ally seen in layer I. This is in contrast to early fetal stages (1117 weeks) when 35% of CalR+ cells in the cortical plate were colabeled with CB (Zecevic et al., 1999). Both CalR and CB label neurons in deep CP occasionally resemble pyramidal cells, with triangular cell bodies and an apical dendrite. This transient labeling of pyramidal cells by calcium-binding proteins is in accord with previous reports in animal models and human fetal cortex (Yan et al., 1997; Zecevic et al., 1999). By mid-term other subgroups of cortical interneurons such as Sst+, PV+, and NPY+ cells are detectable, but are sparse and located mainly in the SP. These interneurons become more numerous in humans during the second half of gestation, not studied here. Indeed, Sst+, PV+, and NPY+ neurons were reported in later stages of gestation in human cerebral cortex (Kostovic et al., 1991; Cao et al., 1996; Delalle et al., 1997; Yan et al., 1997; Bayatti et al., 2008). Similarly, in mice these markers were expressed only after birth (Gonchar et al., 2007). Consequently we did not observe cells colabeled with CalR and either Sst or PV, cell types previously reported in mice (Wonders and Anderson, 2006; Xu et al., 2006; Miyoshi et al., 2007). In the mouse, 70% of cortical CalR+ interneurons develop after E14.5, they do not coexpress either PV or Sst, and they are destined for deep cortical layers. This population of CalR+ neurons is bitufted/bipolar, vertically oriented and derived from the CGE (Xu et al., 2004; Butt et al., 2005; Wonders and Anderson, 2006). A smaller CalR+ cell population (30%) can be colabeled with Sst and are derived either from the MGE (Butt et al., 2005; Xu et al., 2006) or dorsal CGE (Xu et al., 2004; Wonders and Anderson, 2006). They were reported to migrate in the inside-out manner and connect with their targets in all cortical layers (e.g., Xu et al., 2004). Contrasting this view, it has been recently proposed that cortical interneurons from CGE, regardless of the time of their origin, target pyramidal neurons in supercial cortical layers (Miyoshi et al., 2009). Interneurons from CGE in the mouse migrate caudally to hippocampus and caudal cerebral cortex (Nery et al., 2002; Yozu et al., 2005) under COUPTFII control (Kanatani et al., 2008). In the human brain, clear molecular evidence for the existence of the well-dened CGE is not yet present.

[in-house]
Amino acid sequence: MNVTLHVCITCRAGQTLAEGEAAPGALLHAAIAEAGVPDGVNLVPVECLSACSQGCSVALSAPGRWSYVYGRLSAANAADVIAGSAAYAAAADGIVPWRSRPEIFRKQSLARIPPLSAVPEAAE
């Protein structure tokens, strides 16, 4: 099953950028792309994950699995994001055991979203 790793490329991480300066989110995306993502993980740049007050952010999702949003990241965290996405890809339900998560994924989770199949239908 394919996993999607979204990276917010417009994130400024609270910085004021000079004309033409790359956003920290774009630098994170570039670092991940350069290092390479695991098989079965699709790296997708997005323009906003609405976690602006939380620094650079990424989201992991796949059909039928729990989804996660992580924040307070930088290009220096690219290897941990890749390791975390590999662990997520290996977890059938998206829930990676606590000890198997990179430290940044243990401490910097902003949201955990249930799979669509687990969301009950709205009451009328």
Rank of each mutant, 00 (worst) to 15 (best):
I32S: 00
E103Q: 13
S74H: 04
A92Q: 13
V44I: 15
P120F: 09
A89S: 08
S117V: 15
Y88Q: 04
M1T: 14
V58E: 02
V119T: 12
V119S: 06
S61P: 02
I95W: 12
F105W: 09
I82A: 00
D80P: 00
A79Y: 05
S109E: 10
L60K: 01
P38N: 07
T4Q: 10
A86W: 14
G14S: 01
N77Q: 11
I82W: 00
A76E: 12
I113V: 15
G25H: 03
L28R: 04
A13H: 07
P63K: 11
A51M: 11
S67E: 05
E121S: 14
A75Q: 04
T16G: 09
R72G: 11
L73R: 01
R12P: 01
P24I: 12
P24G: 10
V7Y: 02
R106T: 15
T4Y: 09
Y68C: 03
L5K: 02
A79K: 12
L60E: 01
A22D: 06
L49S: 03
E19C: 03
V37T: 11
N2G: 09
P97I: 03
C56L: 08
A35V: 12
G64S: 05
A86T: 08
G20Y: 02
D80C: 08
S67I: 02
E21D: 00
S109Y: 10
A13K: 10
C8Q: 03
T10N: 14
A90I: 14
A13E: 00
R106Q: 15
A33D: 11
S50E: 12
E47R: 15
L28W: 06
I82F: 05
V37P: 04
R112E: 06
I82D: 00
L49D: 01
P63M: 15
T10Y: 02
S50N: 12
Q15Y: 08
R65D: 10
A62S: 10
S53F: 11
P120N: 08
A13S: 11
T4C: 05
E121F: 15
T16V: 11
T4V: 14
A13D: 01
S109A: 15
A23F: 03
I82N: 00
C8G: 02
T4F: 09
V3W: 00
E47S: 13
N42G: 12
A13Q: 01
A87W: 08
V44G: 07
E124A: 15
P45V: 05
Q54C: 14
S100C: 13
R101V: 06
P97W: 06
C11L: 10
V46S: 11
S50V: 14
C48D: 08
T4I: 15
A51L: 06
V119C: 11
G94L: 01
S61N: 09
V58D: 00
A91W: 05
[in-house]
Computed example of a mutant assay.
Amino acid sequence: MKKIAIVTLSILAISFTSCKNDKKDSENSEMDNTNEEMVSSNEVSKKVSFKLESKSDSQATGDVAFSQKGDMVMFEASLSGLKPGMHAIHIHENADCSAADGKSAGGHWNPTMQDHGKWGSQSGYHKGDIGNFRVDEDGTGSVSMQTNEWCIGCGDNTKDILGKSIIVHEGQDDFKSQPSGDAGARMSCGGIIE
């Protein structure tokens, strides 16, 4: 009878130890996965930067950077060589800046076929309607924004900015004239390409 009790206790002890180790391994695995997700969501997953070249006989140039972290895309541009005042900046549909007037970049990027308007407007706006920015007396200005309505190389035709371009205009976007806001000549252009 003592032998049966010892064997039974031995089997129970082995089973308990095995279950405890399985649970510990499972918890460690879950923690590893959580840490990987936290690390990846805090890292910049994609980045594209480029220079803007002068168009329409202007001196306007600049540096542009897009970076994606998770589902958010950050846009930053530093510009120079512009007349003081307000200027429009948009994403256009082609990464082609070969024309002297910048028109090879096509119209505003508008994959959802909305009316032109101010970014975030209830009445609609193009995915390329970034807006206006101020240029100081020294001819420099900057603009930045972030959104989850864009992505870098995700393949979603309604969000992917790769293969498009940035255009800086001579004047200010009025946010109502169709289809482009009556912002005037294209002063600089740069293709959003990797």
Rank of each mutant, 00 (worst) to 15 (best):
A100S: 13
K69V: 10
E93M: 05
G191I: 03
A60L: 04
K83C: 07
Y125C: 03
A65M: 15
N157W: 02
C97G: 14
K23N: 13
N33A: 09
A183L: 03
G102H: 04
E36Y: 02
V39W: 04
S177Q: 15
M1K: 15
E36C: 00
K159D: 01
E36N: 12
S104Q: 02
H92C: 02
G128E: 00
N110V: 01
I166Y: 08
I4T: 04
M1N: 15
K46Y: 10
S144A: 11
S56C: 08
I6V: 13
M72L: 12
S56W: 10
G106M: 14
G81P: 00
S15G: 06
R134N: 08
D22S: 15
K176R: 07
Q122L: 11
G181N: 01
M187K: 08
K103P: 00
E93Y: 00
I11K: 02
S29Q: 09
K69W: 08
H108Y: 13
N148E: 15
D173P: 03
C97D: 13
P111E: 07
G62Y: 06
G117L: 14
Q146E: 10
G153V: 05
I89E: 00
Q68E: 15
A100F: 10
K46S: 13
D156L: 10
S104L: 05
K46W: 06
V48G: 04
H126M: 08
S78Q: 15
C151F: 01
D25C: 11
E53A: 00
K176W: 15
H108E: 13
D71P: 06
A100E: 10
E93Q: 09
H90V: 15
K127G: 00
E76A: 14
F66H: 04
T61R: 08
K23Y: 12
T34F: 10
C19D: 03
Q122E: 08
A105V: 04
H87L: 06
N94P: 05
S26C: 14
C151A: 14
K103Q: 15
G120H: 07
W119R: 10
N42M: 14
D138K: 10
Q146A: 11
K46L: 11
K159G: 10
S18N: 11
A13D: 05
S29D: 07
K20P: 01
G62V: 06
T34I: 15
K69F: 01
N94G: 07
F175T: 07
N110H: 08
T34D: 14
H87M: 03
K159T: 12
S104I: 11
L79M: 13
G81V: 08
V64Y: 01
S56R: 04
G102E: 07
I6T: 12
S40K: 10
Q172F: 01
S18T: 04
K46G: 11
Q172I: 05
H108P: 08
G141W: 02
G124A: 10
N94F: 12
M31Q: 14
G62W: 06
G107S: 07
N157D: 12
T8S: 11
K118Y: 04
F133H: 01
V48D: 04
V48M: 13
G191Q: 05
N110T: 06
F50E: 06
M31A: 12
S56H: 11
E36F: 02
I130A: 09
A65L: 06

Cortical Interneurons at Fetal Stages